Beckwith, 125n, provided the following footnote to the preceding information:
"The villages below the Vermilion and above Vincennes figure on some of the early English maps and in accounts given by traders as the lower or little Wea towns. Besides these, which were the principal ones, the Miamis had a village at Thorntown, and many others of lesser note on the Wabash and its tributaries." Early English maps and trader accounts with such references have not been provided or located. Beckwith's papers may be at the Illinois Historical Society, and further research might provide more information.
References to the Wea village continue below.
1806, July 5, Harrison to Jefferson, from Vincennes "An elderly Squaw who resides at the principal Wea village [Terre Haute] about 50 miles from" Vincennes. Esarey, 1:195.
1810, July 11, Harrison to Secretary of War, from Vincennes "On this day week four canoes passed the Wea village of Terre Haute, with four or five men in each, of the Prophets followers were supposed to be coming here. A Wea chief who came down by land gave me this information." Esarey, 1:444.
After approximately a year of discussion with the Secretary of War, William Henry Harrison and his troops headed toward Prophetstown in the fall of 1811. A soldier notes their arrival on October 3 at a place called "Battelle des Illinois" where the fort was built, within the area of present-day Terre Haute. Fort Harrison was completed on October 29. Adam Walker, A Journal of Two Campaigns of the Fourth regiment of U.S. Infantry in the Michigan and Indiana Territories. . . . (Keene, New Hampshire, 1816), in Esarey, 1:693-710. Harrison's letters from this location are headed Camp Battle des Illinois. Esarey, 1:599, 604, 633. This location was near the northern boundary of the U.S. land ceded by the Weas in 1809.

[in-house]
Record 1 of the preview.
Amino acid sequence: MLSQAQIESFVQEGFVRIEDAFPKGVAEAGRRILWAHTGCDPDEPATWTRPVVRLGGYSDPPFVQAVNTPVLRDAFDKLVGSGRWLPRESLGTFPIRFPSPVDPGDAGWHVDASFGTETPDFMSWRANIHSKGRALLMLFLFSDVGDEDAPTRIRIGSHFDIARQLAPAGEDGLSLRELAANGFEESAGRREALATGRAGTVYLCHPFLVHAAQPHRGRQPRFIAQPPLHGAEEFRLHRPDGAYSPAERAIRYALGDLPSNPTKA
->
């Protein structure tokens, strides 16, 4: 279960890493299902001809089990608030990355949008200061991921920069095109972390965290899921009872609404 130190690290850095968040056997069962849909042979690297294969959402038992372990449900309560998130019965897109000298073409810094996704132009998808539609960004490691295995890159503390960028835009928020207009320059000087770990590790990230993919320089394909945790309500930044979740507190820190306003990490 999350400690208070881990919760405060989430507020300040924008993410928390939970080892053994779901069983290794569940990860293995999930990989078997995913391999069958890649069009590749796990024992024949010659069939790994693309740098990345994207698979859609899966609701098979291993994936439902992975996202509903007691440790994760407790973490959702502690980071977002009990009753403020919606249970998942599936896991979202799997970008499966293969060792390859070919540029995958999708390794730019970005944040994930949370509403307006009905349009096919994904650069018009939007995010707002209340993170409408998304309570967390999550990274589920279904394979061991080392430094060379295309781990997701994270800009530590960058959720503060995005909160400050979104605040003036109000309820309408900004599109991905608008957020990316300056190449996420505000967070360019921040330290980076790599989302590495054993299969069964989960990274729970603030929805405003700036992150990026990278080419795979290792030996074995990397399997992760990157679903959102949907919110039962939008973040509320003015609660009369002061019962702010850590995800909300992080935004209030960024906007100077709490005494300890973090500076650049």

By October 1811, the Weas had apparently moved because of the unrest with the Prophet from what was U.S. land by the 1809 treaty to land outside the treaty boundaries.
1811, October 3, John Tipton's journal: "came to tare hott [Terre Haute] an oald indian village on the East Sid of wabash on high land near a Large Prairie Peach and apletrees growing the huts torn down by the armey that Camped here on the 2d." Journal, John Tipton, October 3, 1811, Glen A. Blackburn, comp., and eds. Nellie Armstrong Robertson and Dorothy Riker, The John Tipton Papers, 2 vols., Indiana Historical Collections, Vol. 24 (Indianapolis, 1942), 1:67.
1811, October 15, John Tipton's journal: "Stopt at tarehott found no indians." Ibid., 70.
1812, April 16, Snelling to Harrison from Fort Harrison: "In the afternoon of the 16th [?] I sent for the Wea Chiefs who were emcamped on the creek five miles above." Snelling mentioned the names of two to of the Wea chiefs ”Laprousier (sp) and Negro Legs. Esarey, 2:37-38.
1814, March 22, Harrison to Secretary of War (from Cincinnati): Harrison gives an overview of the Indians east of the Mississippi including Indiana Territory. He states that a band of Miamis "under the name of weas, have resided on the Wabash sixty miles above Vincennes." Esarey, 2:637.
Undocumented information in county histories about the Wea at Terre Haute is confusing, often questionable, and generally undated. Note the following examples:
J. H. Beadle, History of Parke County in the 1880 History of Vigo and Parke Counties, 6, notes that one hundred years ago, 1780, "Along the highest land between the two Raccoons ran an Indian trace from We-au-ta-no, or Orchardtown (Terre Haute) to Ouiatenon [Lafayette]." On p. 7, he says "Thirty-five years afterward  considerable change was already noticeable. Jacco, Swan and Bull, Wea chiefs, ranged from Orchardtown to Shawnee Prairie; Stone-eater had his headquarters on or just above Sugar creek, and the Dazney Indians [Indians on the land of Christmas Dagenet] roamed over the Raccoon prairie and thence to Fort Harrison." None of this information is documented. Note the information in Footnote 8 following regarding Jacco the chief and Swan and Bull, warriors.